Researchers provide fall snapshot of viral illness surge at CHEO

Researchers provide fall snapshot of viral illness surge at CHEO

During the peak week of the viral flare-up in November, nearly half of all inpatients at CHEO had laboratory-confirmed respiratory viral disease

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Twice as many children were hospitalized at CHEO this fall for respiratory infections than in previous years — and those patients were sicker than before, according to a newly released study that offers a snapshot of the respiratory crisis at Children’s Hospital.

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During CHEO’s busiest month this fall, November, four times as many children were admitted to Stage 2 ICUs and three times as many were admitted to ICUs than previous peak periods, according to the study. Stage 2 includes patients who require extended respiratory or nursing support, such as: B. High-flow oxygen treatment to help them breathe.

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The season of severe viral diseases has hit CHEO and other children’s hospitals hard this year. CHEO opened a second intensive care unit, added more beds, redirected staff and enlisted additional help, including from the Red Cross, to cope with the surge. The province began referring some children over the age of 14 to adult hospitals.

But despite those efforts, the needs of all children and adolescents were not met this fall, said the study’s lead author, Dr. Nisha Thampi, Physician of Pediatric Infectious Diseases at CHEO. The researchers examined data from October 22 to December 10.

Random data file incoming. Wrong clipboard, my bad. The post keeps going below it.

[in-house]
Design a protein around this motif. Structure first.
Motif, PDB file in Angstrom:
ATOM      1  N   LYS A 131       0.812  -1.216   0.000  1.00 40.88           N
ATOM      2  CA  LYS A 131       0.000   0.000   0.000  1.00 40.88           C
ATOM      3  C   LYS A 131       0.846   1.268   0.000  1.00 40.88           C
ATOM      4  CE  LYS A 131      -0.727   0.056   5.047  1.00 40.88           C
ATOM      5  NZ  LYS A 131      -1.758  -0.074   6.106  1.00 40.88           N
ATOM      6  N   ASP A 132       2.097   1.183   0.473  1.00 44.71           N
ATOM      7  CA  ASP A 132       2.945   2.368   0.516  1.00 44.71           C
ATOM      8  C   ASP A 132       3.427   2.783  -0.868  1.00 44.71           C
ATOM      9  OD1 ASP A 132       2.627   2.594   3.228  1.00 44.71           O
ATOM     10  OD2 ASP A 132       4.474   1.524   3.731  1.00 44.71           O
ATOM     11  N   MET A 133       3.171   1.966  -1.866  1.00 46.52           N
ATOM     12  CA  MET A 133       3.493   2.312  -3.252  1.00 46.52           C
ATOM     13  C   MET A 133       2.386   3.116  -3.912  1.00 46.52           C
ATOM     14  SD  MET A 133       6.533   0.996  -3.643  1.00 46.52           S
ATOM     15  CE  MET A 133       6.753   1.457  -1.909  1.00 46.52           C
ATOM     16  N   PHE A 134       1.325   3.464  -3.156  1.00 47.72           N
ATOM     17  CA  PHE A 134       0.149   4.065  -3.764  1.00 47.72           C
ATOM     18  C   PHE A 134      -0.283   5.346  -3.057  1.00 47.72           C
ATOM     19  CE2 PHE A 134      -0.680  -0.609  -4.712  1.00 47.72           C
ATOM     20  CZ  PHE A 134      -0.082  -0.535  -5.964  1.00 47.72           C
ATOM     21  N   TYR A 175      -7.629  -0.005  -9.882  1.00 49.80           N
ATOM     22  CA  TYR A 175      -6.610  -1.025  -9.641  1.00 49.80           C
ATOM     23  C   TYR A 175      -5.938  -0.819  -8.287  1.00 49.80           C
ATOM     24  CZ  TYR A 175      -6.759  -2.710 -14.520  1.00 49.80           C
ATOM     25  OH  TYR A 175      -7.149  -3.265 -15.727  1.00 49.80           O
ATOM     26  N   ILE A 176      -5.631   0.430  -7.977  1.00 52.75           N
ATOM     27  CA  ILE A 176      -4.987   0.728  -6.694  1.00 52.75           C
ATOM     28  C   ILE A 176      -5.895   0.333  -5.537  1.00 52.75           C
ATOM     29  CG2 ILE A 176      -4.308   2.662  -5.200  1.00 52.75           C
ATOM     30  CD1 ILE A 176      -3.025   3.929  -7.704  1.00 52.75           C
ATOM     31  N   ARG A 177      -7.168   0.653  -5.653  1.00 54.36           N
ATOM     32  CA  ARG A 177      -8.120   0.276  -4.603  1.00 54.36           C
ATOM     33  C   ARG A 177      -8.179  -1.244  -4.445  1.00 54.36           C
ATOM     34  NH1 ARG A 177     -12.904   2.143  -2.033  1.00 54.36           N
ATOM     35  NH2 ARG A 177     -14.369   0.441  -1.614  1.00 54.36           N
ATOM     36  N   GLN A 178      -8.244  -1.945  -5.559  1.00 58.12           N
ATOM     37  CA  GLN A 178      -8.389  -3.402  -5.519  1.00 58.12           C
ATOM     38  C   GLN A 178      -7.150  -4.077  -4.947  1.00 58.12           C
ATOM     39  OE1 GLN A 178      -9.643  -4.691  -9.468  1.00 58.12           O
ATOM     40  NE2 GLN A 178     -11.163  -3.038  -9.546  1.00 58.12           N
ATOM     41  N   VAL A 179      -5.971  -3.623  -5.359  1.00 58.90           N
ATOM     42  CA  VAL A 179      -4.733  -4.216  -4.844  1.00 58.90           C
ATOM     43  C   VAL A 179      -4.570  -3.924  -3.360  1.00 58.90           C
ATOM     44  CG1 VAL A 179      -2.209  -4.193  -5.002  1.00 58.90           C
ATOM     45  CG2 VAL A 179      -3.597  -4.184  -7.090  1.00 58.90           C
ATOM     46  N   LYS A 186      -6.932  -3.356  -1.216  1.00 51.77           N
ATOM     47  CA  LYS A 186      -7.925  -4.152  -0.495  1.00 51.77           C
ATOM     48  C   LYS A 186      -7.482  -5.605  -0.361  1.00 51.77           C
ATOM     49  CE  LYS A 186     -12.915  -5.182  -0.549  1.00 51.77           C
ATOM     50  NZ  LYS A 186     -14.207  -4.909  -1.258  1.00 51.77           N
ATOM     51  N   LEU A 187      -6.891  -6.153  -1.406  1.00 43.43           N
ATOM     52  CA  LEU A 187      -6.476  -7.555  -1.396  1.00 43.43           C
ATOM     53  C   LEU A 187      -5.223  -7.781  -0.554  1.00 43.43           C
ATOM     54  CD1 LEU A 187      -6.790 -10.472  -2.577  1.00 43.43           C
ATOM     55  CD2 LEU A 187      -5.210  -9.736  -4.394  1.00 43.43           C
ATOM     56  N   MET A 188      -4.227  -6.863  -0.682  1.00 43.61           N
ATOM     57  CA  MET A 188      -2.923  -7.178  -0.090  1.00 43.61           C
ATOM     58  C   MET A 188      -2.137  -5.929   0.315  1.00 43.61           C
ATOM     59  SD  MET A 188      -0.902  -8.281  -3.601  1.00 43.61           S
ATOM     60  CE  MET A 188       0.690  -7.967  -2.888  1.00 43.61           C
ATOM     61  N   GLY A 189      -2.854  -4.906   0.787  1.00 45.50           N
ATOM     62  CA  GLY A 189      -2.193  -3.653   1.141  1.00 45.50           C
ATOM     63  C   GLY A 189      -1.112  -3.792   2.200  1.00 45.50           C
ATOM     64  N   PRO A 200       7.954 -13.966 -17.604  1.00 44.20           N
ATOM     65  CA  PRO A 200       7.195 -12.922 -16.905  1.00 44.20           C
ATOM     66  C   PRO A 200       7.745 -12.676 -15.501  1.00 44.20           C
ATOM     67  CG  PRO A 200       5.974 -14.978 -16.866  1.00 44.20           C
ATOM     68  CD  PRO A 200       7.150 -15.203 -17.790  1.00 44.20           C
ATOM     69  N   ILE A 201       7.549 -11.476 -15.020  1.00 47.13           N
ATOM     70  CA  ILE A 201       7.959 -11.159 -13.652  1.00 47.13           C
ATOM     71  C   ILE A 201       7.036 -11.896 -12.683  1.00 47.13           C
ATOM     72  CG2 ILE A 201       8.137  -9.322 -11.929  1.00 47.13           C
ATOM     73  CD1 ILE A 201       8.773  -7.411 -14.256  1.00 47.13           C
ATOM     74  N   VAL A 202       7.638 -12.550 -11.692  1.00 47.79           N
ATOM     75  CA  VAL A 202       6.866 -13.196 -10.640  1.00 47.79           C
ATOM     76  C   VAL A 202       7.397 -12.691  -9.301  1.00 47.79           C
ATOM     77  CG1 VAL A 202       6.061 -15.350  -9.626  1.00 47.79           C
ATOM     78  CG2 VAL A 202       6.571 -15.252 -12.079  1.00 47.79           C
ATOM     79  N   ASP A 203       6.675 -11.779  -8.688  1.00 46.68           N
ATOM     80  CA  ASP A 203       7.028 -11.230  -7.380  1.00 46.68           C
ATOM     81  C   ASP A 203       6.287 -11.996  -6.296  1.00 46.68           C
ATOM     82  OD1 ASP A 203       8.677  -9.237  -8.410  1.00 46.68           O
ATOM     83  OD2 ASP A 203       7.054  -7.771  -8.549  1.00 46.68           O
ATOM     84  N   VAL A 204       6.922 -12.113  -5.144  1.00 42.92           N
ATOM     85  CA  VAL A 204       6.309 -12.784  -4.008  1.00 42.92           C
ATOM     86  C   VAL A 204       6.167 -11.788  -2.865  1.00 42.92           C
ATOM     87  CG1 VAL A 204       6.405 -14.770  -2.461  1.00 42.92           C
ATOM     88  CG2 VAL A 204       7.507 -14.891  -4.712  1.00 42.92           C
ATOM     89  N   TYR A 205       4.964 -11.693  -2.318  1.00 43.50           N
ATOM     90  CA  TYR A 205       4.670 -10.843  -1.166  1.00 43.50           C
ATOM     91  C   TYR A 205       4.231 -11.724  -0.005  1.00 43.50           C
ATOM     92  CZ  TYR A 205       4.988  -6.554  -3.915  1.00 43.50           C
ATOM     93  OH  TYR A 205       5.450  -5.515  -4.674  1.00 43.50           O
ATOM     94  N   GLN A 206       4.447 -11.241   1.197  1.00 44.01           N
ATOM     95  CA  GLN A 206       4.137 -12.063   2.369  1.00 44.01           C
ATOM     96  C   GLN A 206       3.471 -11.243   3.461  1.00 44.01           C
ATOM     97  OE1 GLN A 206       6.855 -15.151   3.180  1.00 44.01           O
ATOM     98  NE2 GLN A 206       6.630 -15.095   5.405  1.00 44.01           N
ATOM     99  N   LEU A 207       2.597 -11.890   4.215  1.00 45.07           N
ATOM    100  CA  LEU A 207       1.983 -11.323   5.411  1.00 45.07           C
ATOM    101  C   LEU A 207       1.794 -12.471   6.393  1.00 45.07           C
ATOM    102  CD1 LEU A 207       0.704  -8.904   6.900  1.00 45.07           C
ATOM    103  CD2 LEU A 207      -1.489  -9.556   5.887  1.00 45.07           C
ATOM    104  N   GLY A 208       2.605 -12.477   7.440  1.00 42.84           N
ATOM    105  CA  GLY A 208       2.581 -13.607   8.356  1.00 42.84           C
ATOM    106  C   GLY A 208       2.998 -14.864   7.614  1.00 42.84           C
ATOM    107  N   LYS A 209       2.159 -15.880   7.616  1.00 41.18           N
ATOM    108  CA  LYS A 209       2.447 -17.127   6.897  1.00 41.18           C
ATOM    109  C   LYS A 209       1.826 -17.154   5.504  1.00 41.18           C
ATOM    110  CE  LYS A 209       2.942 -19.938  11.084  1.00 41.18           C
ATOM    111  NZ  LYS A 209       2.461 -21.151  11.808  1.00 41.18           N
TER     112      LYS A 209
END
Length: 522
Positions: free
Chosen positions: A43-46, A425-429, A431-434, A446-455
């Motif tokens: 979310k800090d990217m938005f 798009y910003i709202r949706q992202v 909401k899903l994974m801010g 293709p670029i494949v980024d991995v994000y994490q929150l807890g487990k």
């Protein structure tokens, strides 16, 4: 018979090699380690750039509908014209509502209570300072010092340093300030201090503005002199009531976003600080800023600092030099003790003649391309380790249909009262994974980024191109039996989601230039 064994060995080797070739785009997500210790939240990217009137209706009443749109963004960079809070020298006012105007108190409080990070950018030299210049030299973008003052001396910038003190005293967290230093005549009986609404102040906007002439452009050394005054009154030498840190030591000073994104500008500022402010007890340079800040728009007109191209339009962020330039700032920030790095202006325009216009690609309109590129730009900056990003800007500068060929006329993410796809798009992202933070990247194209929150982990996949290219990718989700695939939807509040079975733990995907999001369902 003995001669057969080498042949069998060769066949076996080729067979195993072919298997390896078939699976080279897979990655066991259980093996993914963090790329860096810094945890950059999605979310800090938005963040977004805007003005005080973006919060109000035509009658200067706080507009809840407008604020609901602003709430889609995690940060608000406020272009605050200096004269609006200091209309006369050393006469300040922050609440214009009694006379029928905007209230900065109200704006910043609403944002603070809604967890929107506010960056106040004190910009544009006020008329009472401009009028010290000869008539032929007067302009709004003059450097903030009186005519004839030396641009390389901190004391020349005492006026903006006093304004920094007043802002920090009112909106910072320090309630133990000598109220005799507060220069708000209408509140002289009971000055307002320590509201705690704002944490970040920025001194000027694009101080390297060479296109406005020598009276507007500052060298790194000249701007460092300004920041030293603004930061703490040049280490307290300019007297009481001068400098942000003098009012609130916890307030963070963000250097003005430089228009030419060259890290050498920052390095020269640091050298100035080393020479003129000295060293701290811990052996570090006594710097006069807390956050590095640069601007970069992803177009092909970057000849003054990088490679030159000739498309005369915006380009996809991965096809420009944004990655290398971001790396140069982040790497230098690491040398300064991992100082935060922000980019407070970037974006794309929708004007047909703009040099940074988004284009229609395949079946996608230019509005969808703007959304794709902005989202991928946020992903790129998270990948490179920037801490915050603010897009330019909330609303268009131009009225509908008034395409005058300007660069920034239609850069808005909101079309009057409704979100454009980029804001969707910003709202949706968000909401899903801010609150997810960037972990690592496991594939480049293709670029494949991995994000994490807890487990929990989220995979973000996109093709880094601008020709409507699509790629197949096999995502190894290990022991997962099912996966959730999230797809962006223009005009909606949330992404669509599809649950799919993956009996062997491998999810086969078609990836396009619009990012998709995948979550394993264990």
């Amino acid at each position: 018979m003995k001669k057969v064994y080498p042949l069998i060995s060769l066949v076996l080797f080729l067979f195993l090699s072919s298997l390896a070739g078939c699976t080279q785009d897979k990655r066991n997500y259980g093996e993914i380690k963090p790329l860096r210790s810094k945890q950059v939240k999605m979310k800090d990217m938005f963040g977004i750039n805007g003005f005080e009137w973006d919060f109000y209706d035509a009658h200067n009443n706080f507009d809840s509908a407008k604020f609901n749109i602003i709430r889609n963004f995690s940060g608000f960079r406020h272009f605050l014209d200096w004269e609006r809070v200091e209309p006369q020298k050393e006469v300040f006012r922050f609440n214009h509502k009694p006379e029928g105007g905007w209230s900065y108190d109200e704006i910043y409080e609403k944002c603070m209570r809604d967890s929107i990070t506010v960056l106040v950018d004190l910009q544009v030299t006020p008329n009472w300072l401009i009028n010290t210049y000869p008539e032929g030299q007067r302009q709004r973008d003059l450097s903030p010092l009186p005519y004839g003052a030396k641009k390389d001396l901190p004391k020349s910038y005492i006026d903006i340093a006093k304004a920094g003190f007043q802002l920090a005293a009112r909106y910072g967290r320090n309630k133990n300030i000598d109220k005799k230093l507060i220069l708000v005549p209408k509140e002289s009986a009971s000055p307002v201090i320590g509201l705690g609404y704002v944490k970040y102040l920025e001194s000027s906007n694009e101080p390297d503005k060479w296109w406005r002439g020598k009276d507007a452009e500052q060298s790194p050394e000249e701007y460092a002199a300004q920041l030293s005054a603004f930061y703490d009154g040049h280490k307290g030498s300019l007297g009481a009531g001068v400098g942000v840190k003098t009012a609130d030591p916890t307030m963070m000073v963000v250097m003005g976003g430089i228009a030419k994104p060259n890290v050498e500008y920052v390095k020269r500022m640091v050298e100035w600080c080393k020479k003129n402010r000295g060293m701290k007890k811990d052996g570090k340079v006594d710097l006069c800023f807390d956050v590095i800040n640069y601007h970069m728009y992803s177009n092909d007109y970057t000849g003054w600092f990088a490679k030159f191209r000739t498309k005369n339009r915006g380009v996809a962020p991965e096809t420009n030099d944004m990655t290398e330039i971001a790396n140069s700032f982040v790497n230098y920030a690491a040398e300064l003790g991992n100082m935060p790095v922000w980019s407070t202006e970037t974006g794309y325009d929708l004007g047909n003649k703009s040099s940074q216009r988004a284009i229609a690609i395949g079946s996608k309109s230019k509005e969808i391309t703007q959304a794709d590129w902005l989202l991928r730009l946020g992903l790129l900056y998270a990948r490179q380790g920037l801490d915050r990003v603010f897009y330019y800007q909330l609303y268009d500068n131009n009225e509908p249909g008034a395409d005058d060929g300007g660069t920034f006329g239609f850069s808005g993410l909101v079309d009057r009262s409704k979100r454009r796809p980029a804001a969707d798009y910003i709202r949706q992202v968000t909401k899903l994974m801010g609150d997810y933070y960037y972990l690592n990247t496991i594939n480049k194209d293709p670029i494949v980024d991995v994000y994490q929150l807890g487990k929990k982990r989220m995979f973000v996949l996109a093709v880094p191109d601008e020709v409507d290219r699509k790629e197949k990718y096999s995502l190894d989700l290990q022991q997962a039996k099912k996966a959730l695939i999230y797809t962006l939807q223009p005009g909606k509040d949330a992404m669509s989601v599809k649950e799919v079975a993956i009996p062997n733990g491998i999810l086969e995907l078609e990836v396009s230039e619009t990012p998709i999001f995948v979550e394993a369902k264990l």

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“Operations have been delayed. Waiting lists got longer as more doctors cared for more admitted children,” she said on Twitter.

“Conclusion: These are not easy solutions. We continue to face a significant drain on human health resources to meet the demand for acute care literacy for children in our region, province and nationwide.”

File: Pediatric infectious disease physician, Dr.  Nisha Tampi.
File: Pediatric infectious disease physician, Dr. Nisha Tampi. Photo by Tony Caldwell /mail media

During the peak of the virus outbreak in November, nearly half of all inpatients at CHEO had laboratory-confirmed respiratory viral disease.

The study, produced by experts from CHEO and the Better Outcomes Registry & Network (BORN), underscores what officials have observed: This year’s virus surge was early, severe and unprecedented compared to previous years.

The authors of the non-peer-reviewed study say the increase underscores the need for more resources at the hospital.

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“Our findings underscore the need for additional broad-based health workers with expertise to care for critically ill infants and children, as well as operational services to support frontline workers in delivering safe and quality care.”

By Dec. 10, rates of respiratory syncytial virus (RSV) and influenza began to fall, according to researchers, and rates of community COVID-19 were stable.

While acute SARS-CoV-2/COVID-19 infections are not driving the current viral surge, the authors write that its role remains unclear.

“Their influence on the function of the immune system in infants and children and the resulting susceptibility to other pathogens requires further investigation.”

The researchers said the study likely underestimated the true burden of the respiratory viral season because it is limited to laboratory-confirmed respiratory viral infections and failed to capture post-infection complications that are known to occur.

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